The Washington Post reports on the proposal by Virginia’s Republican governor, Bob McDonnell, to eliminate the state gas tax, while increasing sales taxes to pay for infrastructure:
The overall plan, which would raise an estimated $3.1 billion over five years, also would increase vehicle-registration fees and add an annual $100 charge for drivers of alternative-fuel cars. McDonnell’s proposal calls for a increase in the state’s sales tax from 5 percent to 5.8 percent and projects using $1 billion in Internet sales tax revenue from legislation pending in Congress.
In the estimation of the Post, this could be McDonnell’s way of raising more money for transportation without technically breaking his promise to avoid tax increases. Presumably Virginians would be so elated at the disappearance of the gas tax that they wouldn’t mind paying higher sales taxes, even if the state ended up getting more money out of the deal. It appears that “anti-tax advocate” Grover Norquist of American Tax Reform might be willing to get behind the idea, but only if the Governor agrees to “lower the sales tax increase, include diesel fuel in the elimination of the gas tax, nix his proposed $15 increase in vehicle-registration fees, and direct more general-fund revenue toward infrastructure.”
McDonnell presents his idea not as a veiled tax increase, but more as a response to unintended central-planning consequences:
“We simply cannot continue to do what we have always done and expect this problem to go away,” McDonnell said. “If we stick to the old means of funding transportation, we will find ourselves having the same debates and facing the same revenue shortfalls over and over again.”
With more cars getting better mileage or using alternative fuels, he said, the flat, per-gallon gas tax no longer brings in enough money to bankroll “a safe, efficient and sustainable transportation network.”
A few objections to the plan have been voiced. It “lets interstate drivers off the hook,” according to Delegate Vivian Watts of Fairfax. In other words, those who drive through Virginia without buying anything but gas won’t be contributing to road maintenance. A similar complaint, with even more urgency, might be expected from Virginia residents who don’t drive much, or don’t even own a car… although they certainly do benefit from the commercial use of the state’s roads to deliver goods and services.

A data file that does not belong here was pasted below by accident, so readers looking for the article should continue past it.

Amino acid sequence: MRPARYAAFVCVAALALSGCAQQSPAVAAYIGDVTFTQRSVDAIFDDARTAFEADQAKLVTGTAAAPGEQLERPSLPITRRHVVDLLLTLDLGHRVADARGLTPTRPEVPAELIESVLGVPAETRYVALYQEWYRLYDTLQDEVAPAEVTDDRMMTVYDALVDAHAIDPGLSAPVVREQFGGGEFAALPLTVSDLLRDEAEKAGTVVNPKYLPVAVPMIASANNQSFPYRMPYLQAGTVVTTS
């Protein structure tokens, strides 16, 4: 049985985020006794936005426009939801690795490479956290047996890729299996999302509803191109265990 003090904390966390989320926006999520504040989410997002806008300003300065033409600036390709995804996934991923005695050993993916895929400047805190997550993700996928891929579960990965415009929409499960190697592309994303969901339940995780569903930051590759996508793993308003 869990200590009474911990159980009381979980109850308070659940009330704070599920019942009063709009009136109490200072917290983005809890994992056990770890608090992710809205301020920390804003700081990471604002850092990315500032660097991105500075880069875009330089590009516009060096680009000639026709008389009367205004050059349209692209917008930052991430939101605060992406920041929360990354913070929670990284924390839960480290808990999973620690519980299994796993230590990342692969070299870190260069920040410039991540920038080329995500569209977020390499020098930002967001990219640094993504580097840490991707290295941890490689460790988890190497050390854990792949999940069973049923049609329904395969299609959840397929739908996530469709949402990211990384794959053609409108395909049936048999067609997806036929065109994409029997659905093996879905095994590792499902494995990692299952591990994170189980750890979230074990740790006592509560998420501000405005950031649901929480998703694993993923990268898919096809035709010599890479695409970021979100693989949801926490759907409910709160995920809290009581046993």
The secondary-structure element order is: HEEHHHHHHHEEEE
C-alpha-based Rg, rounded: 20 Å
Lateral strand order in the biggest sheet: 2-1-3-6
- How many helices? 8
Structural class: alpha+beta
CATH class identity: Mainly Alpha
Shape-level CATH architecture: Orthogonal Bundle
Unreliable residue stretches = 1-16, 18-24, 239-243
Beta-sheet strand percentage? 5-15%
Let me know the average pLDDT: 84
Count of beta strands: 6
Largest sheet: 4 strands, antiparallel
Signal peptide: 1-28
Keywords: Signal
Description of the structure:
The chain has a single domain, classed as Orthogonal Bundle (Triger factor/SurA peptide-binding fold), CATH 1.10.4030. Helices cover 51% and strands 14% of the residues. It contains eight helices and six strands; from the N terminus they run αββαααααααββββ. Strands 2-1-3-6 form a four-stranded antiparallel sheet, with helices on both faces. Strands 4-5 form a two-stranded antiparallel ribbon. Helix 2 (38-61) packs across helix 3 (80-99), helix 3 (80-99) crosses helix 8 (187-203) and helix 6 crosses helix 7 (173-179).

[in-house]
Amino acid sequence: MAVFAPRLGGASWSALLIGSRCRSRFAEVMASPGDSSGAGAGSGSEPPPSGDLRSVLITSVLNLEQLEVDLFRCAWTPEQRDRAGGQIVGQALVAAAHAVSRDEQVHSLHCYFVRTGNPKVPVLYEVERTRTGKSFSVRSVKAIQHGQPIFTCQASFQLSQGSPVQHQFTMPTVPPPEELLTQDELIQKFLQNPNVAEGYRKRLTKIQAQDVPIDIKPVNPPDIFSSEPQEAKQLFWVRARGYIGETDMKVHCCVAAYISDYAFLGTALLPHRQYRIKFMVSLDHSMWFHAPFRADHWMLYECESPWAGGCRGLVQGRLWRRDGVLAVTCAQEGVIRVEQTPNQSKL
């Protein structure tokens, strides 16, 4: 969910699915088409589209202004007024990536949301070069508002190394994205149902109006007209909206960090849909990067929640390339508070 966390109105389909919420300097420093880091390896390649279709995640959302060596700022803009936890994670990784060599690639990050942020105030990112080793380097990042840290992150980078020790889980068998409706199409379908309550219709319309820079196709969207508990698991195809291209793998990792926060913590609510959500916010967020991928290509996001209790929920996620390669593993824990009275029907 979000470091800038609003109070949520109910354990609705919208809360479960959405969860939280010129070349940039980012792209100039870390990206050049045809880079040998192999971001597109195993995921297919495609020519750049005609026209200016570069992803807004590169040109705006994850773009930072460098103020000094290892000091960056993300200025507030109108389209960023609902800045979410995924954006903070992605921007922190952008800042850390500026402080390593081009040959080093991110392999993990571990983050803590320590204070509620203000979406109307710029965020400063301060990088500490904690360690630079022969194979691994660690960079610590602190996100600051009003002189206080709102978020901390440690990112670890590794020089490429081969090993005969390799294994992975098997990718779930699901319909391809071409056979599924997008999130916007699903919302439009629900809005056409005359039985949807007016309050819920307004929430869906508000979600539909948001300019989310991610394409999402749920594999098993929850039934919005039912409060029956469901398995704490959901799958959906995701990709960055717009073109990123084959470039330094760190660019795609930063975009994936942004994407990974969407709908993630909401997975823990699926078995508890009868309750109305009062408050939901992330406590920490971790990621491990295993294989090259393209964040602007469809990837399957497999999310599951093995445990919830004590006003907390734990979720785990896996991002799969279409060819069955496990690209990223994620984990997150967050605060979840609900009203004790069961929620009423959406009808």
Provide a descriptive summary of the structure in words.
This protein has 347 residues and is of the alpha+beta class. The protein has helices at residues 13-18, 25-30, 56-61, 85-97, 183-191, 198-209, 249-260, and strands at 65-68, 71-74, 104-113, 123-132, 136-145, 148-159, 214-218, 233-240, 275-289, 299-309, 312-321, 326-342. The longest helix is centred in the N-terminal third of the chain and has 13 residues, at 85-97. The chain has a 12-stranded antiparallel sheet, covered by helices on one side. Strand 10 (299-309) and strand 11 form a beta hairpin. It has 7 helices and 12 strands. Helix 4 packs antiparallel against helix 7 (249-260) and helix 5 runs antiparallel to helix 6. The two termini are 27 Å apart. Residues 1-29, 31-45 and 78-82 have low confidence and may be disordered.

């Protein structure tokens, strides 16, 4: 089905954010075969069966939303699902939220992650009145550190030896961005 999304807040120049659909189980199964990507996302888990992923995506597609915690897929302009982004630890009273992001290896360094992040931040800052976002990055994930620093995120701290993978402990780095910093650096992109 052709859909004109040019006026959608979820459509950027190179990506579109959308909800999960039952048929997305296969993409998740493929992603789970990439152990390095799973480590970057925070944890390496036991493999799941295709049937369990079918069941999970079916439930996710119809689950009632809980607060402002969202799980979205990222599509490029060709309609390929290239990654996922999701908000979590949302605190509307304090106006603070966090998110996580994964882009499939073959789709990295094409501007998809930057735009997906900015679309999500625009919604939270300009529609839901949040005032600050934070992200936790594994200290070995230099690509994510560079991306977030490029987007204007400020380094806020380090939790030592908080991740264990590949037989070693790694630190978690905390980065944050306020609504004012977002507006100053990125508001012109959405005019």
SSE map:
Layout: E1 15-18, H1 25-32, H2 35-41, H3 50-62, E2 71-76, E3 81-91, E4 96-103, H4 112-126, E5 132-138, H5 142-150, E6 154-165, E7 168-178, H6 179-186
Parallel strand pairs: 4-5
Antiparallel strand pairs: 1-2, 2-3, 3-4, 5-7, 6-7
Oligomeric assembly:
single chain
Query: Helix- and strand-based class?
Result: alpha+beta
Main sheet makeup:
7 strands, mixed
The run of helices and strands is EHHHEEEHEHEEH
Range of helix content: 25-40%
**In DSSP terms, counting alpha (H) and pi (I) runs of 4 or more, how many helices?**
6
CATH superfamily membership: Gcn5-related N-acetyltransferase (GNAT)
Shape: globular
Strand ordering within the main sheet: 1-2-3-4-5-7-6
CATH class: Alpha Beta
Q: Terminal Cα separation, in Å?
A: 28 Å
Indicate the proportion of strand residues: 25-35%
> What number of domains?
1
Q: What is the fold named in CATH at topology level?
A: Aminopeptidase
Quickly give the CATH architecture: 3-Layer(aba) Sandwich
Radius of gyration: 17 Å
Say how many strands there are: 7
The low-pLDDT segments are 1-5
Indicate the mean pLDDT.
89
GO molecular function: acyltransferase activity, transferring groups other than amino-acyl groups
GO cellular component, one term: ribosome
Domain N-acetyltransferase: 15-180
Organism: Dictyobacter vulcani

The people of Virginia might also consider the virtue of consolidating more of their tax burden in one place, rather than allowing it to be split between numerous sources that are rarely considered in sum. That’s a discussion that could profitably extend far beyond Governor McDonnell’s proposal, of course. Very few Americans are fully aware of all the taxes they pay. They swallow increases in some taxes because they’re not thinking about the total burden.
And in the case of infrastructure spending, it’s increasingly common for various governments, particularly the federal government, to make people think of transportation spending as an integral component of the entire official enterprise. Remember President Obama constantly demanding more money for roads and bridges? In that context, it doesn’t make sense to segregate the income stream for such “infrastructure.” It’s all ultimately part of the same balance sheet, no matter what pretenses are made to the contrary.
And it might be time to think about how the best, fairest way to fund all of it is by a simple tax on consumption, rather than the hideously complicated maze of taxes on every aspect of life and business that we currently pay. As the argument advanced by Gov. McDonnell suggests, that complicated system is also fragile – it can go haywire when some of its assumptions are challenged, as in the case of a gas tax starved of revenue by cars that get incredibly good gas mileage.